By Marleen Zambartas Brouwer
In a time of crisis our first reflex is our safety and wellbeing. Our family, our friends and our direct community are the most precious. We want to make sure we are all healthy, keep our jobs and maintain a lifestyle that is rewarding and fulfilling.
This health crisis is quickly tumbling into a major economic crisis, and at the root of it lays an ever-increasing ecological crisis. The mountain for solutions seems high to climb and if you are not a policy maker or scientist, you might feel there is little you can do to help tackling the challenges facing us. Yet, you have one powerful tool, you are a consumer. And that matters.
Cyprus is an island abundant in natural resources on which its society has thrived for centuries. The Mediterranean climate in combination with Cyprus’ rich soil and mild climate, offer local produce often hailed as the ‘secret to longevity and health’. The island is filled with olive groves, produces quality wines, ripe and juicy fruit and vegetables, local cheeses and artisanal jams.
The production of local products is a force of economic activity in rural areas that often lag behind in development. We small producers turn Cyprus’ natural resources into a small but essential part of the economy. As processes in small agro-businesses are often less automated, young people with limited education find work in production. Village inhabitants have an extra source of income from their olive groves or vineyards, and life and money flows back into small communities. A network of local businesses around us, such as packaging suppliers, the village DIY, builders and local tavernas gain business too.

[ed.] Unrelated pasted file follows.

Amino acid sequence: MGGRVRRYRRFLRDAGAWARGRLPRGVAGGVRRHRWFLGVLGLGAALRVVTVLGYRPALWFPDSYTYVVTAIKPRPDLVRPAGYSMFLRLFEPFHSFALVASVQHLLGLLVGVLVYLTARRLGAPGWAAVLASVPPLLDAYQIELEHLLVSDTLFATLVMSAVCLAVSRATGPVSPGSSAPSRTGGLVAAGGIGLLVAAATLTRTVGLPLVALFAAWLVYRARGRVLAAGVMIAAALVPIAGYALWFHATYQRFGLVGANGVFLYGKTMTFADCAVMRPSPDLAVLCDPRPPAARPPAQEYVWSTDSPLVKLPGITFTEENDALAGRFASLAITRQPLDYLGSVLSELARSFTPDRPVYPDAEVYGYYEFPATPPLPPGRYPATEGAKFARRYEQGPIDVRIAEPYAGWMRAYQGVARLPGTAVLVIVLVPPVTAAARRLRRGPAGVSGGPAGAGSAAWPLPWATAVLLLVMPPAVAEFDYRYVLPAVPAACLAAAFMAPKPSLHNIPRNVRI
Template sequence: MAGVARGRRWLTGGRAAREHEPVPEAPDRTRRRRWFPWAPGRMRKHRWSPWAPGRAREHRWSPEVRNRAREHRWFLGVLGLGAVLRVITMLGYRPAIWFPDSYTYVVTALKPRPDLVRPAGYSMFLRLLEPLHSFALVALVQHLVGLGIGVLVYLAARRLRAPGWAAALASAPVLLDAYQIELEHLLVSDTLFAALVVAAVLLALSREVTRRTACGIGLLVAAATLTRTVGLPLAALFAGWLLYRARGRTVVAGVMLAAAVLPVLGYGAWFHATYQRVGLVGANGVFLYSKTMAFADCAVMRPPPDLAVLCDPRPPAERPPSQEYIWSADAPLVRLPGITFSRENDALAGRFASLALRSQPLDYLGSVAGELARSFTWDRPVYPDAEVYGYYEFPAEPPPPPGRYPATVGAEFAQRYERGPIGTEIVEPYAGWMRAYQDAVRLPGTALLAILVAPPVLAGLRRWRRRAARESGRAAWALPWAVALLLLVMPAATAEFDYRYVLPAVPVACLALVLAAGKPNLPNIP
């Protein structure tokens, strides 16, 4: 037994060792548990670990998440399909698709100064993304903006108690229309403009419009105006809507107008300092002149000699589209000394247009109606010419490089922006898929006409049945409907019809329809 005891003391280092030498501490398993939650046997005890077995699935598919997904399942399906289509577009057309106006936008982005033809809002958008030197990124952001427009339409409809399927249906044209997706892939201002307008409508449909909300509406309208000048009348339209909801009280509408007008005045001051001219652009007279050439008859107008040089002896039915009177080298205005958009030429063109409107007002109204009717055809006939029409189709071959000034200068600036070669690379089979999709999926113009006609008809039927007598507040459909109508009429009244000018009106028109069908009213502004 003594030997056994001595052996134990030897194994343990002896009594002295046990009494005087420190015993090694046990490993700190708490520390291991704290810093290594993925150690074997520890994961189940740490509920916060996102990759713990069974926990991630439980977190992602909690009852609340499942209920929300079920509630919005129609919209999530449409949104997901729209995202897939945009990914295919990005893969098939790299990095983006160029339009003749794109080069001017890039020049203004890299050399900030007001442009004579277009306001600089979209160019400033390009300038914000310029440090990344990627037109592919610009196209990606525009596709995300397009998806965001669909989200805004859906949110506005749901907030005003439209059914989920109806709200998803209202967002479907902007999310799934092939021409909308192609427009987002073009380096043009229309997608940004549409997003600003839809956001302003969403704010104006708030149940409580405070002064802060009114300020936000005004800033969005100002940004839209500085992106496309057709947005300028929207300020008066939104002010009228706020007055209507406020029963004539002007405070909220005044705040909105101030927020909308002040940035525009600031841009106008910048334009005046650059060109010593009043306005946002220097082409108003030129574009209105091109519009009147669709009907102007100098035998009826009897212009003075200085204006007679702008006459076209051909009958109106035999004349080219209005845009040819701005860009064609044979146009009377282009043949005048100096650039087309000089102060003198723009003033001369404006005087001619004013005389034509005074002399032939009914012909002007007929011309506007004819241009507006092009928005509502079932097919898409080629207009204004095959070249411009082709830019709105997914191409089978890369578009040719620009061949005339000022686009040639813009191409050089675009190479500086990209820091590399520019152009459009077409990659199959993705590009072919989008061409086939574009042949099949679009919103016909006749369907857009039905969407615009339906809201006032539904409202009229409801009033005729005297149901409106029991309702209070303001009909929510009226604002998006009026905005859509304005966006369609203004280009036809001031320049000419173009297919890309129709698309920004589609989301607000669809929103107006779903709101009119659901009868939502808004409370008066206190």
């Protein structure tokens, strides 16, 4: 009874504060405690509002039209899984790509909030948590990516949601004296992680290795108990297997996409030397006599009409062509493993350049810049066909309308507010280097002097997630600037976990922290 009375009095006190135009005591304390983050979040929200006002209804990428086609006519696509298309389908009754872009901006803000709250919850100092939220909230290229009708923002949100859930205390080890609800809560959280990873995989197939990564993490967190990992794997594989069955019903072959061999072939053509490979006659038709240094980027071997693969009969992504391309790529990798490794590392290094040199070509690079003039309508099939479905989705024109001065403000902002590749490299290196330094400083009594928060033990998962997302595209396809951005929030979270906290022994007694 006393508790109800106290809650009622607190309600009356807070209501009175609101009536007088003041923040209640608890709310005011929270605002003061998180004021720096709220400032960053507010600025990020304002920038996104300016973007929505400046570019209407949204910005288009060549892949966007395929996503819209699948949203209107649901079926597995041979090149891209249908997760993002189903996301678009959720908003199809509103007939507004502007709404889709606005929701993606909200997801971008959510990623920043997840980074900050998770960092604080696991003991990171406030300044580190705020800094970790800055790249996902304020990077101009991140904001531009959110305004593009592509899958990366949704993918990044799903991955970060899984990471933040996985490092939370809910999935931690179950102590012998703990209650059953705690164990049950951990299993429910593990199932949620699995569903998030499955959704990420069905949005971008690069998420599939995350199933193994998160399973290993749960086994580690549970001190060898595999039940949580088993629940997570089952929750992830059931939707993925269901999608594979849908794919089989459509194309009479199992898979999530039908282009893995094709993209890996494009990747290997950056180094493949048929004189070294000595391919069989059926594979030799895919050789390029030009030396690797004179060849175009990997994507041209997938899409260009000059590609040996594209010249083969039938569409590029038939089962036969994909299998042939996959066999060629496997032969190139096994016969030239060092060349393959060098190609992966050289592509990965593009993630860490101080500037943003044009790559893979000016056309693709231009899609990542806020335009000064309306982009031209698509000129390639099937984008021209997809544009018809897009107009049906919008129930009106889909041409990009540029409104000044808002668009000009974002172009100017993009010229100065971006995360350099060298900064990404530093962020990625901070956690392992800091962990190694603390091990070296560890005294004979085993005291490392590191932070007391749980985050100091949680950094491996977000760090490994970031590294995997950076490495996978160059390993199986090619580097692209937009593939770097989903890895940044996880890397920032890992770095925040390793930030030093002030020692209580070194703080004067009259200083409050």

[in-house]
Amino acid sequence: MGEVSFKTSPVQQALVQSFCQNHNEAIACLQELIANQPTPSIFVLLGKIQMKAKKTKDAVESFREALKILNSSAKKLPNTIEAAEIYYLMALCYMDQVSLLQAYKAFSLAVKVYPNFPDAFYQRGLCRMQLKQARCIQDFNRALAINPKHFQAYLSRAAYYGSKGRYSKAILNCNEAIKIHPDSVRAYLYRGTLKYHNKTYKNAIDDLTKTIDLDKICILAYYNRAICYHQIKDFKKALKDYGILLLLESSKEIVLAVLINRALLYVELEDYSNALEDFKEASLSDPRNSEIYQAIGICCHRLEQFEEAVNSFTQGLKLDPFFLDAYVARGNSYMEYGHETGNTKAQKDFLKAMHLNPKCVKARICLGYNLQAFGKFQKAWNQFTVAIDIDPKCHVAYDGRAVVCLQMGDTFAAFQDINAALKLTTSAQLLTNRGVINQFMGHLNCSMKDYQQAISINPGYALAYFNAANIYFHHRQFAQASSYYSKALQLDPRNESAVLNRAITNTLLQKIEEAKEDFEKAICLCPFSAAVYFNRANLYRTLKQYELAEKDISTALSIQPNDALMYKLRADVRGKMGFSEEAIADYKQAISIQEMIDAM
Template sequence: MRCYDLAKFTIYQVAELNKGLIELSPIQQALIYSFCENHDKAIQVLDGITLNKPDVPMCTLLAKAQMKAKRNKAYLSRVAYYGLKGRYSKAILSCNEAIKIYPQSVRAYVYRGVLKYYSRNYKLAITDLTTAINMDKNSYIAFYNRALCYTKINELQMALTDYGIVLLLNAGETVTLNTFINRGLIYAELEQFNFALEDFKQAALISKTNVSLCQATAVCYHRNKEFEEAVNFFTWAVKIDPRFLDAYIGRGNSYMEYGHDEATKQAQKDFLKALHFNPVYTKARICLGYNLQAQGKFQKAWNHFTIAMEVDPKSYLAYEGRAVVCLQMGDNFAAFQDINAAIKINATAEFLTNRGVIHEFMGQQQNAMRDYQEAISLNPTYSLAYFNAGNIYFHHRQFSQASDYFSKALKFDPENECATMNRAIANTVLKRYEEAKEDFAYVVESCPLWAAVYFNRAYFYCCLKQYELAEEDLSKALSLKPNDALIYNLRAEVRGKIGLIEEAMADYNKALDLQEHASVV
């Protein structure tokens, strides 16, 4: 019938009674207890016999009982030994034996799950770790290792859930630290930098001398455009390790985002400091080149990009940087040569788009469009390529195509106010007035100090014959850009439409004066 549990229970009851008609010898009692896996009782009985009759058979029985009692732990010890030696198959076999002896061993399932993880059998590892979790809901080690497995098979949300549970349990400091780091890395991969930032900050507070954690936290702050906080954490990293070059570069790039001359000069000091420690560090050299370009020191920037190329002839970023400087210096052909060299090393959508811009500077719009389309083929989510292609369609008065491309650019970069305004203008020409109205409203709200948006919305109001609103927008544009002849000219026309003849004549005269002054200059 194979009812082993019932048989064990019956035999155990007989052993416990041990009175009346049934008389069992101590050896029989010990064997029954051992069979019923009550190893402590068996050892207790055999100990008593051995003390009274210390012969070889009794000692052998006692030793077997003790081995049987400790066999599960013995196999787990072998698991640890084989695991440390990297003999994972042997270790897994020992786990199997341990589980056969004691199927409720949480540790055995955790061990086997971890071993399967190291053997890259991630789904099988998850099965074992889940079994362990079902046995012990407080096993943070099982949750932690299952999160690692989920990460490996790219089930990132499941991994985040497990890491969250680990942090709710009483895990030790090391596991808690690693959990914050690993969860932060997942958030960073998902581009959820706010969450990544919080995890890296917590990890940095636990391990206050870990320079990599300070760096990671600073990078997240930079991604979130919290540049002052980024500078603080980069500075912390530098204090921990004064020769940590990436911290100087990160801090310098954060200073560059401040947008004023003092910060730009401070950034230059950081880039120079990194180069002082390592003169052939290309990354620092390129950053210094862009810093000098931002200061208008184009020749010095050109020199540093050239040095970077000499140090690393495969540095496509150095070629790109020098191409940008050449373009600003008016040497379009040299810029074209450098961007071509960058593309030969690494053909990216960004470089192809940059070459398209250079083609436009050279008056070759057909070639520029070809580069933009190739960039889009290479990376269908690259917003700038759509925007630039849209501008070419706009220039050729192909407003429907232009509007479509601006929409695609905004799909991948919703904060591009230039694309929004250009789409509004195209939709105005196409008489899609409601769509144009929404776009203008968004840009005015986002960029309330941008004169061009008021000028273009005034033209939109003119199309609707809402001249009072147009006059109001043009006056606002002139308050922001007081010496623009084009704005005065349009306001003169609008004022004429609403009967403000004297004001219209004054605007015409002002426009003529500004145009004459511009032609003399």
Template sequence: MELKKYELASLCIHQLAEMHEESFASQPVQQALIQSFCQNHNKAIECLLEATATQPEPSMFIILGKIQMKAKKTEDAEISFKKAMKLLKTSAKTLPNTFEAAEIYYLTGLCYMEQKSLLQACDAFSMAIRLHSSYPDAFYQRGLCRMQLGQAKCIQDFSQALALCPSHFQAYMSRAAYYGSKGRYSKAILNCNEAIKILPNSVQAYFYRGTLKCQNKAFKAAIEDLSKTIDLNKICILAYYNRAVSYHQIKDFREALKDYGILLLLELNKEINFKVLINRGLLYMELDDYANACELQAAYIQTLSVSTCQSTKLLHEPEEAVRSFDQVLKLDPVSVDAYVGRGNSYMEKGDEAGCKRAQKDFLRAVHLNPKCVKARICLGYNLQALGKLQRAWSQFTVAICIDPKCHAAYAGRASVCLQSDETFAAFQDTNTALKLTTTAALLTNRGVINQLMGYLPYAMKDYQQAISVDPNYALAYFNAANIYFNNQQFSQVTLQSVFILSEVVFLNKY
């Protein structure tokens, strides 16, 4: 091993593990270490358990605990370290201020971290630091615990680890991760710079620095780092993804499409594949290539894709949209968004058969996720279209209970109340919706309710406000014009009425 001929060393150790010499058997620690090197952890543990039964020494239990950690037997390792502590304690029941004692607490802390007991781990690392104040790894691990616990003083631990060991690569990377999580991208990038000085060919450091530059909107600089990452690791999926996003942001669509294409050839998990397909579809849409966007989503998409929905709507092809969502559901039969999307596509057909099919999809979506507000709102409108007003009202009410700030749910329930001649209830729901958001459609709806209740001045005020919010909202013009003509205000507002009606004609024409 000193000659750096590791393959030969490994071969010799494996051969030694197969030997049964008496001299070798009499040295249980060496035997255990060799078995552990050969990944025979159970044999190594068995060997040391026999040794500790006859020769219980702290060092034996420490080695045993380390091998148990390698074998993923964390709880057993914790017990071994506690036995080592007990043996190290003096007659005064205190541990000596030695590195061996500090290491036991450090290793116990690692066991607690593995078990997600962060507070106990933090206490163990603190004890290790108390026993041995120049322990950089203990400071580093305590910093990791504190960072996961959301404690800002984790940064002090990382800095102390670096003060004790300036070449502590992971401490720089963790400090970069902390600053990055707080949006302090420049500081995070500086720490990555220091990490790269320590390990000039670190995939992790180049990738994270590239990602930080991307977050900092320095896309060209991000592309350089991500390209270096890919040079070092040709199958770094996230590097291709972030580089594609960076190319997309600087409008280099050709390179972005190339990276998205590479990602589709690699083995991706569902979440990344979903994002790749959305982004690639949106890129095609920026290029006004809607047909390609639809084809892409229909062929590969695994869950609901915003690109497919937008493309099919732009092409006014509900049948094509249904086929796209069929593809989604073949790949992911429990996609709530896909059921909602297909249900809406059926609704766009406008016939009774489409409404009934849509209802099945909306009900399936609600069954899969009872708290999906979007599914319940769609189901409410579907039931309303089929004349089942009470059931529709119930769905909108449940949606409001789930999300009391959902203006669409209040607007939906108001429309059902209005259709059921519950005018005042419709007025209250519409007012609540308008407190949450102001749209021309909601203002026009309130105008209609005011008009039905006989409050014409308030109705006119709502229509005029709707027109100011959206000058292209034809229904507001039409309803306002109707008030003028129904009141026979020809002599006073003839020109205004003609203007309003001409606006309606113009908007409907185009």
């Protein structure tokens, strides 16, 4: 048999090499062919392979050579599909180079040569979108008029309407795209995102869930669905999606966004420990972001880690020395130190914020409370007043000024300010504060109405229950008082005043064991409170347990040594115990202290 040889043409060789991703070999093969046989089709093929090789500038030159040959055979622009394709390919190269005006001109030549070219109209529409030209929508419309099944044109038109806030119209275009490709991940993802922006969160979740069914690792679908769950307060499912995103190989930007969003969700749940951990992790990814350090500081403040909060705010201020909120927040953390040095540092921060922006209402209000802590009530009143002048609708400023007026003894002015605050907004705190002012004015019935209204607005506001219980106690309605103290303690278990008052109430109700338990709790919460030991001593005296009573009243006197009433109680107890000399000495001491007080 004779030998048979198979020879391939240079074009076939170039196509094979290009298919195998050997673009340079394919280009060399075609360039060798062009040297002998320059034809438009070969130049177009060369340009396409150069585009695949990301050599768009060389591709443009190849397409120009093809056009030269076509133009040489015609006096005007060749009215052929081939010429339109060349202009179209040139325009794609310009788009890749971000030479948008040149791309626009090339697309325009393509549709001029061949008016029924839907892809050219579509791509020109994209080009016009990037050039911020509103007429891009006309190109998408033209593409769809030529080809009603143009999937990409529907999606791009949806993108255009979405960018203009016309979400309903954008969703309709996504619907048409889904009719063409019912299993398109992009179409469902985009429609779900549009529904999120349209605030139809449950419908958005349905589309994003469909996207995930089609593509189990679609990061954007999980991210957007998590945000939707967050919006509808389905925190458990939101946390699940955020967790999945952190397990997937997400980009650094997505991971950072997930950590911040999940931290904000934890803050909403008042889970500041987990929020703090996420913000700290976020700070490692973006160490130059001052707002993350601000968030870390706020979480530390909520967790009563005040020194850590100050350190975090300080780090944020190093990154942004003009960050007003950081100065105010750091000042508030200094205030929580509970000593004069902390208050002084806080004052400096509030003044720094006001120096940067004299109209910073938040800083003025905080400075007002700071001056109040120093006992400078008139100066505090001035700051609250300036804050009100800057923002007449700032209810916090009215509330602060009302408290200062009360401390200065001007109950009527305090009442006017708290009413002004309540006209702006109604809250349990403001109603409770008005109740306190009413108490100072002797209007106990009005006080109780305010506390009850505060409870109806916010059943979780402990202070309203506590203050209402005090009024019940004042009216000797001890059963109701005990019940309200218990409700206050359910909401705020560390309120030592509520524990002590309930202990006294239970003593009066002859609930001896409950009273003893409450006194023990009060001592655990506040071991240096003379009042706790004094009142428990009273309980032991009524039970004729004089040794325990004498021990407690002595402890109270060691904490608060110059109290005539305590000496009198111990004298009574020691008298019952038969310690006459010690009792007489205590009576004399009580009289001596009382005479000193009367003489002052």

Small producers also play a pivotal role in the protection of Cyprus’ precious ecological systems. We are the ‘canary in the mine’, as we are the first to alarm responders on impending hazards such as fires or plant disease. We know the land, its ecosystems and biodiversity. We need nature to be healthy, because when it thrives, we thrive. Along with us, more and more local producers turn towards ecological friendly farming and ‘organic’ certifications are increasing. This means there is a larger choice of products free of harmful substances and made in balance with nature.
Supply chains are short as local producers often directly supply local stores and markets and during these challenging times offer direct home delivery for safety and convenience. Not only does this reduce carbon footprint, it also inevitably means you often receive a fresher product.
Many family businesses, young and old, have dedicated their creativity and commitment to producing high quality, value for money and flavoursome products from our own soil. Times are hard for them, but with your support, they will not only continue, but thrive. And when they thrive, small villages and our nature thrives.
Next time you go shopping, look out for these products and buy them, a powerful tool to support your local community and enjoy and protect our natural abundance.
Marleen Zambartas Brouwer and her husband Marcos run Zambartas Winery in the Limassol district with their team of young people